Skip to content
Related Articles

Related Articles

Fabaceae – Overview, Characteristics, Classification, Importance

View Discussion
Improve Article
Save Article
  • Last Updated : 25 Jul, 2022
View Discussion
Improve Article
Save Article

Morphology is the study of phenotypes character or the exterior character with respect to other parts. Morphology of plants deals with the morphology of plants and we study different parts of plants. Fabaceae (pea family) is a huge group of angiosperms. It is otherwise called Leguminosae and the plants are generally known as vegetables. It is generally conveyed everywhere. It incorporates numerous significant heartbeats like peas, soybean, chickpeas, and so forth.

Classification

Kingdom – Plantae

Subkingdom– Tracheobionta

Class – Dicotyledons

Subclass – Polypetalous

Order – Leguminales

Family – Fabaceae

Floral Formula of Fabaceae

Floral Formula

Peas

% ⚥ K(5) C1+2+(2) A(9)+1 G1

Zygomorphic (two-sided evenness)
Bisexual
K(5)Calyx – 5 sepals, gamosepalous (joined together)
C1+2+(2)Corolla – 5 petals, polypetalous
A(9)+1Androecium – 10 stamens, diadelphous
G1Gynoecium – monocarpellary, predominant ovary

Characteristics of Fabaceae Family

  • Plants of this family are spices, bushes, plants, or moving by twining or ringlets.
  • The root contains root knobs that have nitrogen-fixing microscopic organisms (rhizobium) and regularly non protein amino acids are found.
  • Leaves are generally pinnatus and are spirally organized, pulvinus of leaf and individual pamphlets are advanced.
  • Blossoms are normally sexually unbiased, petals are standard or unpredictable cup molded hypanthium. Petals are by and large five in number.
  • This is imbricate or basally connate, standard, and normally valvate.
  • The androecium is with one to various stamens however typically ten, concealed by perianth to long-applied and in some cases gaudy fibers particular or connate.
  • On the off chance that connate is monodelphous or diadelphous , dust grains are tricolporate, tricolpate or triporate.
  • Gynoecium of one carpel, particularly, is normally prolonged and with a short gynophore.
  • The ovary is prevalent with parietal (peripheral) placentation.
  • Ovules are anatropous to campylotropous.
  • Natural products are normally vegetables.
  • Seeds are hard external, incipient organisms directly bent with no or less endosperm.

Normal names – peas, legumes

This family was before called Papilionoideae, a subfamily of the Leguminosae family.

Vegetative Characters

Trees, bushes, herbs root with root nodulesStem: erect or climber leaves: substitute, pinnately compound or straightforward; leaf base, pulvinate; specify; venation reticulate.

  • Floral characters-Inflorescence racemose
  • Flower: sexually open, zygomorphic
  • Calyx: sepals five, gamosepalous; imbricate aestivation
  • Corolla: petals five, polypetalous, papilionaceous, comprising of a back norm, two sidelong wings, two foremost ones framing a fall (encasing stamens and pistil), vexillary aestivation
  • Androecium: ten, diadelphous, anther dithecous
  • Gynoecium: ovary predominant, mono carpellary, unilocular with numerous ovules, style single
  • Fruit: vegetable; seed: one to many, non-Economic significance: Many plants having a place with the family are wellsprings of heartbeats like gram, arhar; edible oil like soybean, groundnut; color like Indigofera; fiber like sun hemp; grain like Sesbania, Trifolium, ornamentals like lupin, sweet pea; medication like muliathi.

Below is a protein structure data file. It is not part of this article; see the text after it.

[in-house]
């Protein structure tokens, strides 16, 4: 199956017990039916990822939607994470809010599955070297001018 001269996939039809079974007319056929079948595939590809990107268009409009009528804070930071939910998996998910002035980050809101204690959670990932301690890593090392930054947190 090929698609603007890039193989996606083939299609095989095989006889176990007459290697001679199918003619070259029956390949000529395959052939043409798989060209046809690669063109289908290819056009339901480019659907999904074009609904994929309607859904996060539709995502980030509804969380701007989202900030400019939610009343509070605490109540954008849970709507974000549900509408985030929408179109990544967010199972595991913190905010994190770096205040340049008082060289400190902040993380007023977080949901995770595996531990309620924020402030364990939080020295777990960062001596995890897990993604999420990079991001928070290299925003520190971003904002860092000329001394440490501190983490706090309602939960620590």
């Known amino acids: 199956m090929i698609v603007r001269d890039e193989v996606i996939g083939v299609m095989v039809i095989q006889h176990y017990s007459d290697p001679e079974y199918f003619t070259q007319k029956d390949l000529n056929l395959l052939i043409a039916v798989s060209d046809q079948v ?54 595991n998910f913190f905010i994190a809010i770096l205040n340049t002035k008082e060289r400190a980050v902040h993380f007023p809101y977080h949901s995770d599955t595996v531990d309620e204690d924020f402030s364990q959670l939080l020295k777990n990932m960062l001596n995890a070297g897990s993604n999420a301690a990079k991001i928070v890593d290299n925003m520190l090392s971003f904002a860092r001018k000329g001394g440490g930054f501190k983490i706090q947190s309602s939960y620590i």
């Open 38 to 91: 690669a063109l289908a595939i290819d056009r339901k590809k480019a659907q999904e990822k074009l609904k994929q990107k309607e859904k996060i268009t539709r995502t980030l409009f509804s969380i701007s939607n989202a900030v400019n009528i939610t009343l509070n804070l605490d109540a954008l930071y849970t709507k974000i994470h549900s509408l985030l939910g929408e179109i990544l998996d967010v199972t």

Examples:- groundnut, soybean

Economic importance

  • Lumber yielding plant – Indian blackwood, Sheesham, Ironwood, Siris, Australian blackwood.
  • Oil yielding plant – Soybean oil, ground however oil is separated from certain plants of the family.
  • Color yielding plant – Dyes like indigo and hematoxylin are additionally gotten from the plants.
  • Beats yielding: Lentil, Masur, green gram, pea, chickpea, dark gram, urad, mung, pigeon pea, arhar, and so forth are gotten from the plants which have a place with this family.

Frequently Asked Questions

Question 1: Fabaceae was before known as?

Answer:

Fabaceae was prior known as Papilionoideae. They are for the most part far-reaching all through the world and are a sub-group of the family Leguminosae. They are found for the most part as climbers yet some of the time can be even erect.

Question2: The gynoecium consists of many free pistils in flowers?

Answer:

If more than one carpel is present in gynoecium this condition is called polycarpellary. If all the carpels in gynoecium are free, then this condition is called apocarpous. For example, Michelia.

Question 3: Vexillary aestivation is characteristic of the family?

Answer:

The petals are overlapping (imbricate) in the bud with the posterior petal (called the banner or flag) outermost (i.e., exterior) in position. The two lowermost petals are joined together called the keel petals. The lateral petals are often called the wings. This arrangement of floral whorls is called vexillary aestivation. So, the correct answer is ‘Fabaceae‘.

Question 4: Phyllode is present in?

Answer:

Phyllode is present in Australian Acacia. It is a modification of the leaf in which lamina is absent and the petiole becomes flattened and performs the function of food synthesis.

Question 5: Zygomorphic symmetry seen in?

Answer:

When a flower can be divided into two similar halves only in one particular vertical plane, it is zygomorphic, e.g. pea, Gulmohar, bean, etc.

My Personal Notes arrow_drop_up
Recommended Articles
Page :

Start Your Coding Journey Now!